'Cricket is such a big sport here. So catching, throwing and swing of the bat come very naturally.'
Baseball is one of several sports seeking a slice of the huge Indian market and its similarity with cricket, often called a religion in the country of 1.4 billion, could give it a head start, Major League Baseball (MLB) officials hope.
MLB spent a decade and half studying the market before opening a sixth international office in New Delhi last year and was encouraged by the throwing, hitting and catching techniques that link America's pastime and India's obsession.
"Cricket is such a big sport here. So catching, throwing and swing of the bat come very naturally," Ryo Takahashi, who heads MLB's business and commercial operations in India, said.
"The sheer size of this country, the population -- to be able to hook India to baseball, that definitely boosts the sport worldwide."
Takahashi, perhaps wisely, said the plan is not to try to supplant cricket in India.
"We're not trying to bring baseball as an alternative, or as a replacement, by any means," he said.
"Anything new, whether it's music or restaurants, it's exciting. So new sport is something that might resonate.
"Within that, if there's some sort of familiarity, it's easier for people to relate. I think it's a good mix, it's a perfect mix."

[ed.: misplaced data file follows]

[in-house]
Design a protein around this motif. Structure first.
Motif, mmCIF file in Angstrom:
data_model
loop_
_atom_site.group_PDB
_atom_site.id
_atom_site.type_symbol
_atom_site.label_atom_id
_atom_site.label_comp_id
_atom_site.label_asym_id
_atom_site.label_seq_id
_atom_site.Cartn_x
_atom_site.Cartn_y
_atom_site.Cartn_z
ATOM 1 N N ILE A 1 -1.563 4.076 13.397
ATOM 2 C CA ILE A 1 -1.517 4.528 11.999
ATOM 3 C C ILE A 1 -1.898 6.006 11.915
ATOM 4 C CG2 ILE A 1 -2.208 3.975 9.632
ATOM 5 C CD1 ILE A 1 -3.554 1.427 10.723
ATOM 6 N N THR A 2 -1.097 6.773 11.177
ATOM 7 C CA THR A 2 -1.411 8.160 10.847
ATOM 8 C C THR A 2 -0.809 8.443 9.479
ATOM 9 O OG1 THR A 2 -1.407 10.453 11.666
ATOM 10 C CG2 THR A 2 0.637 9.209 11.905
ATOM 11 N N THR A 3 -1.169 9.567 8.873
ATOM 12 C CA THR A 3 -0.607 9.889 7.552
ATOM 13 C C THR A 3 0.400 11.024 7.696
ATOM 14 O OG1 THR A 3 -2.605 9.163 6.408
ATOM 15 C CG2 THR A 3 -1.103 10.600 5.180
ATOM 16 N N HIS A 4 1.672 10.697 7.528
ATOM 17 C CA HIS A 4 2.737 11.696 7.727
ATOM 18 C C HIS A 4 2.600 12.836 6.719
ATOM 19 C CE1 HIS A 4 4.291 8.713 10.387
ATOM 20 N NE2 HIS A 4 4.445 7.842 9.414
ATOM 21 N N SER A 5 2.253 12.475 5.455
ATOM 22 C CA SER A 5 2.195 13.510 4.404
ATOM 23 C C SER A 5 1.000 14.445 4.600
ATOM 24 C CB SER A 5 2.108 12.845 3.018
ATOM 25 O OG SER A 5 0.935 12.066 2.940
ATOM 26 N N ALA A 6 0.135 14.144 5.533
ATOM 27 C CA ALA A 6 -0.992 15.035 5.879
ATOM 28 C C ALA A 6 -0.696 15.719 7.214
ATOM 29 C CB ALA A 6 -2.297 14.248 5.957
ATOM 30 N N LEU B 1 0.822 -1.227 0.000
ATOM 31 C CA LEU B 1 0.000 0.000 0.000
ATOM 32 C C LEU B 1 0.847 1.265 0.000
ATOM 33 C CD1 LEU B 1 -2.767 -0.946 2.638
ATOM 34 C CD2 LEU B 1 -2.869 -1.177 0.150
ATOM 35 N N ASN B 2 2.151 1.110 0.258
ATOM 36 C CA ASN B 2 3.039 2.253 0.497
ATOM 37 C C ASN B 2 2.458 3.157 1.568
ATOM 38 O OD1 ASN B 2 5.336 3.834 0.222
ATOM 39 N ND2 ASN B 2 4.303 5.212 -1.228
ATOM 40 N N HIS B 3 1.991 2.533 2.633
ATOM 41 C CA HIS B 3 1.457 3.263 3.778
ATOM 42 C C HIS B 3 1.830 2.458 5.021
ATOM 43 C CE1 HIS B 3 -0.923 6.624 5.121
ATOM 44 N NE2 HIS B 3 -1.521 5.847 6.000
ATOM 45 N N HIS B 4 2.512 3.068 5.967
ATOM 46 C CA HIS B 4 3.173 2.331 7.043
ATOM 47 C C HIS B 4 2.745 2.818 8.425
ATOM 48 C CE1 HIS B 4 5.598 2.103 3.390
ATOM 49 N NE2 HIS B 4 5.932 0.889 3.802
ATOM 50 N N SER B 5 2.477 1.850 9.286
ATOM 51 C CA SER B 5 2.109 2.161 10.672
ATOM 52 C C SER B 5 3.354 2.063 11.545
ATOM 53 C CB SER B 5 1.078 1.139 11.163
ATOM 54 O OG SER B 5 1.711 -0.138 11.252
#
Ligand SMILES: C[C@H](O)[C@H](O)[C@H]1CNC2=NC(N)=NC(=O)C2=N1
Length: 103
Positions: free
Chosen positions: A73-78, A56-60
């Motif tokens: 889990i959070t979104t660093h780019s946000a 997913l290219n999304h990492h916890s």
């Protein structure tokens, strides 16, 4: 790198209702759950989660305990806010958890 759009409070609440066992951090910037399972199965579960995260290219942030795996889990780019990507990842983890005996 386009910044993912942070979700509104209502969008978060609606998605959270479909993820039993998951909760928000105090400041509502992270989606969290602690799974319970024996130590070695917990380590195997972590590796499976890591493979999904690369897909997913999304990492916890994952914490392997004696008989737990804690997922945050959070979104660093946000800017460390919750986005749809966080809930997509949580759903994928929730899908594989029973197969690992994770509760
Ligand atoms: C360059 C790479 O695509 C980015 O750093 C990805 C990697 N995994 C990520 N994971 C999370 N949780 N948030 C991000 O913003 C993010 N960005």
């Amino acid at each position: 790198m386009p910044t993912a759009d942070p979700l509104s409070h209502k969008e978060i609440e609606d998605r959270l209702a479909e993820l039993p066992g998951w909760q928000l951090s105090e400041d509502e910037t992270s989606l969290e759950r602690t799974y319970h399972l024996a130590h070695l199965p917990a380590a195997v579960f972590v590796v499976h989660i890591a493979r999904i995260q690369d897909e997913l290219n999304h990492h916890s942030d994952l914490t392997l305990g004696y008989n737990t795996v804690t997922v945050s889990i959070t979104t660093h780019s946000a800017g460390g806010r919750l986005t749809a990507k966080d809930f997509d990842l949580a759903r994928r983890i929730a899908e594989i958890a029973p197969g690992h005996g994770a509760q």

The National Basketball Association (NBA), which opened an office in India in 2011, staged two pre-season games in Mumbai in October last year.
MLB, which has previously played games in Mexico, Japan and Australia, made a foray into Europe last year when the New York Yankees and Boston Red Sox took their rivalry to London.
Takahashi said it would be premature to do something similar in India, where MLB has attracted more than 30,000 school students in 320 workshops since opening its office.
"We eventually want to get there. I don't think the demand is here yet, so it wouldn't make sense to suddenly do that," he said.
The league also plans to revive 'Million Dollar Arm', a contest that began as a reality television show and inspired a 2014 Hollywood movie.
Takahashi said the contest, which drew thousands of aspiring pitchers competing to earn a tryout with a Major League team, would now be an annual affair.
"When it happened, there was a buzz. We plan to do it again ... and make sure we were able to capitalise on that."
The Indian men's team played in the Asian Championship in 1987 and 1989 but the country's Olympic Association only recognised the national amateur baseball federation in 2002.
The long-term goal remained to facilitate Indian representation at the elite level, Takahashi said.
"I think there's a lot of ways for us to measure success. It could be a situation like Yao Ming for the NBA (in China). It could be TV rating numbers, it could be the national team of India competing in the World Baseball Classic...
"We have the resources, we have the experience and we definitely have the will ... Tough to put a date to it but I think definitely all of it is achievable," added Takahashi.
The COVID-19 outbreak has slowed down that effort but head of baseball development David Palese said they used the time to extend the coaching network through series of webinars.
"Ideally we want to be on the field ... but in the last three-four months, we've made that virtual connection with over 1,000 participants," he said.